claustrophilia


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claustrophilia

(ˌklɔːstrəˈfɪlɪə; ˌklɒs-)
n
(Psychology) abnormal pleasure derived from being in a confined space
[C21: from claustro-, from Latin claustrum cloister + -philia ]

claustrophilia

an abnormal desire to be closed in, to shut all windows and doors. — claustrophile, n.claustrophilic, adj.
See also: -Phile, -Philia, -Phily
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References in periodicals archive ?
CLAUSTROPHILIA: Abnormal pleasure derived from being in a confined space ie, "His claustrophilia was overwhelming - he'd shut himself away in cluttered cupboards and stay in the lift for hours on end.
She dismissed speculation that Mr Williams died as a result of some kind of "auto-erotic activity", also denying there was any evidence to suggest claustrophilia - the love of enclosed spaces - was of any interest to him.
A claustrophilia, which seems in some ways to work at cross-purposes with the celebration of nature, lends a special emotional charge to many of the novel's settings and even to the images of extreme enclosure in Edward's extravagant metaphors for Ethel: "She was to him as a jewel (yet sweeter and lovelier than any gem) shut up in a casket, of which he alone possessed the key--as a pearl, of whose existence an Indian diver is aware, beneath the waves of ocean, deep buried from every other eye" (222).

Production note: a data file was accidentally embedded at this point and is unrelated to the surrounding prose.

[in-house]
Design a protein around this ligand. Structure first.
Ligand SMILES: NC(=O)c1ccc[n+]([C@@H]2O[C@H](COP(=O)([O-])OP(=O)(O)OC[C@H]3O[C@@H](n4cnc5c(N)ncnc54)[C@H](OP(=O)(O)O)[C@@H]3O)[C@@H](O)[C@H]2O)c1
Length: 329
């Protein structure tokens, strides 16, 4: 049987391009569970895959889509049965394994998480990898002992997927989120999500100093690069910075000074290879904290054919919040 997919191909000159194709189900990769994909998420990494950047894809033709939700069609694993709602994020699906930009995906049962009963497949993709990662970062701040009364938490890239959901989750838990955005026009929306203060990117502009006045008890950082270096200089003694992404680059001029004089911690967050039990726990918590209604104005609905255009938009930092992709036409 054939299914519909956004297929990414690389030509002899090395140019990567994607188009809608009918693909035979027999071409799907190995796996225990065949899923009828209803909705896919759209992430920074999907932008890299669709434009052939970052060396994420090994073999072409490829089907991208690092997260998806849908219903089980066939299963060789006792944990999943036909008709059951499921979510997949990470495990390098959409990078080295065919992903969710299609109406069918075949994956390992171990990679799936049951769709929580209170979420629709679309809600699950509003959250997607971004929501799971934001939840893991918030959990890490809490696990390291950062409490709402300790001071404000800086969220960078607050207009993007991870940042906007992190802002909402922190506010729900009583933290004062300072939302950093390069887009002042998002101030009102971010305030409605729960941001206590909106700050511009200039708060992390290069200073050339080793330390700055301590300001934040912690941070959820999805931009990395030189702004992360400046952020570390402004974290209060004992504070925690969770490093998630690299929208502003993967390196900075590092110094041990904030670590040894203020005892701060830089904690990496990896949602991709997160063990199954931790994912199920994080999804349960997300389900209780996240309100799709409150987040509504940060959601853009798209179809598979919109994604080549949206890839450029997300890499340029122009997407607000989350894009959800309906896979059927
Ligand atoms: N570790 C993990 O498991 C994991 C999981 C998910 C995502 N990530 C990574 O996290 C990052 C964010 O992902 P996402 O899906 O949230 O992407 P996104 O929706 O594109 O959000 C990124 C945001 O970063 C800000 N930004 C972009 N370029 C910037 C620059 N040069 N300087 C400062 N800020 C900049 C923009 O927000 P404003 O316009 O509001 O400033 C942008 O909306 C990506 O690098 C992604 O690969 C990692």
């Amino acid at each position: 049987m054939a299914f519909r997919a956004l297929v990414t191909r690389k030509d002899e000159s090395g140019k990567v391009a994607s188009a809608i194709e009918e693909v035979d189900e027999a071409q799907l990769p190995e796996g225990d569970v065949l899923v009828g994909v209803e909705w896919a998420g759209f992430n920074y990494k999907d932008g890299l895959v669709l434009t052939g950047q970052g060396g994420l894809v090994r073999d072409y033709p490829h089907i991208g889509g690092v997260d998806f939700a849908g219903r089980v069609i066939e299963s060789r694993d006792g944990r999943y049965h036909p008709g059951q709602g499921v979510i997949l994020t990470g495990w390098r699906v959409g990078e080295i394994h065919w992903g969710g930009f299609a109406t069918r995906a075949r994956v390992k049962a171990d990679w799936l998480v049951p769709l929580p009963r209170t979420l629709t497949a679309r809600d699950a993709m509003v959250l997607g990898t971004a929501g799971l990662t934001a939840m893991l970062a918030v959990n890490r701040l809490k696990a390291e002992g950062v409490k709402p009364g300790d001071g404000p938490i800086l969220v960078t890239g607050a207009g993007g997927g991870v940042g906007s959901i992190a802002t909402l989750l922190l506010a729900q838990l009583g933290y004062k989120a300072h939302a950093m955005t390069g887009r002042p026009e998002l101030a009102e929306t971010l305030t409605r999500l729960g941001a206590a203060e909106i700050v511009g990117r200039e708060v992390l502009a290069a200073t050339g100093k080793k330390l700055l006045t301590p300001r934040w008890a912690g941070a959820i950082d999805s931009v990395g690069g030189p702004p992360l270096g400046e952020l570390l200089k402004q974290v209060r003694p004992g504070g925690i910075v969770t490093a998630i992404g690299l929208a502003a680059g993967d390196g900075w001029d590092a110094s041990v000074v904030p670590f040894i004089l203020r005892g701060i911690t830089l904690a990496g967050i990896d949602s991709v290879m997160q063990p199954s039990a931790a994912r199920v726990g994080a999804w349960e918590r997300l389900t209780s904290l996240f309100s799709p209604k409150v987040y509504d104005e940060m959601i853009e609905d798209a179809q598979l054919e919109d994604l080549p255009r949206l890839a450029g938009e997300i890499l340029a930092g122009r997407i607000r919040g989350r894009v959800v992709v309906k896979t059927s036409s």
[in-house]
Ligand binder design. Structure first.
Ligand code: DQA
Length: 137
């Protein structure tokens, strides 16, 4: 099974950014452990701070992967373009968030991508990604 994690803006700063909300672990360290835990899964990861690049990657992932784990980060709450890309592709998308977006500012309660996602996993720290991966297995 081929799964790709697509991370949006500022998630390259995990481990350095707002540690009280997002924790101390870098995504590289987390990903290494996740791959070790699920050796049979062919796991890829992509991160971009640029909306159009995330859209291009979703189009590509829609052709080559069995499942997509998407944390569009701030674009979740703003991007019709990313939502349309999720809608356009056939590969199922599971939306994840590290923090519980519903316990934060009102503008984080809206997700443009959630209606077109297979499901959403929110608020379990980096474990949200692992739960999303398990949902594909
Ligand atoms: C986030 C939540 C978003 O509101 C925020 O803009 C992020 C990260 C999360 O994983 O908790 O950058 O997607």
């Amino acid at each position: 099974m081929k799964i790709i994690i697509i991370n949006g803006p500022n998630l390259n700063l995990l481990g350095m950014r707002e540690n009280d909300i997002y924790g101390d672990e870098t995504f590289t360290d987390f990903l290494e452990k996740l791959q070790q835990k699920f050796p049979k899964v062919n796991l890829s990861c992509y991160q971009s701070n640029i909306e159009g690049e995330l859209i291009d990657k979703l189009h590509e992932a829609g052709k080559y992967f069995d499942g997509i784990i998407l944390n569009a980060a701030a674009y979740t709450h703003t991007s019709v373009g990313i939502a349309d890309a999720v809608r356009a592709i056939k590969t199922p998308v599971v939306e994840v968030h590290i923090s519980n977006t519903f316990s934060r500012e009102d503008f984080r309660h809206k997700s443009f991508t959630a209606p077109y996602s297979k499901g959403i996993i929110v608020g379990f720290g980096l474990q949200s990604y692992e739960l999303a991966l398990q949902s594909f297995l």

Finally, I think that the mid-twentieth century, that shell shocked time of conformism, consolidation and claustrophilia, deserves closer and more empathetic attention--as the relevant chapters show, it was more than just a damp, dank interval between the Easter Rising and the Sixties, yet somehow its proper character gets lost amidst the narrative preferences for rebellion, innovative experiment and multiculturalism.
With this choice, Conrad invokes "loneliness and claustrophilia," the greatest effects of the closet and, according to Casarino, the ship, granting his masculine characters the opportunity to explore their own eccentricity away from those who would condemn them.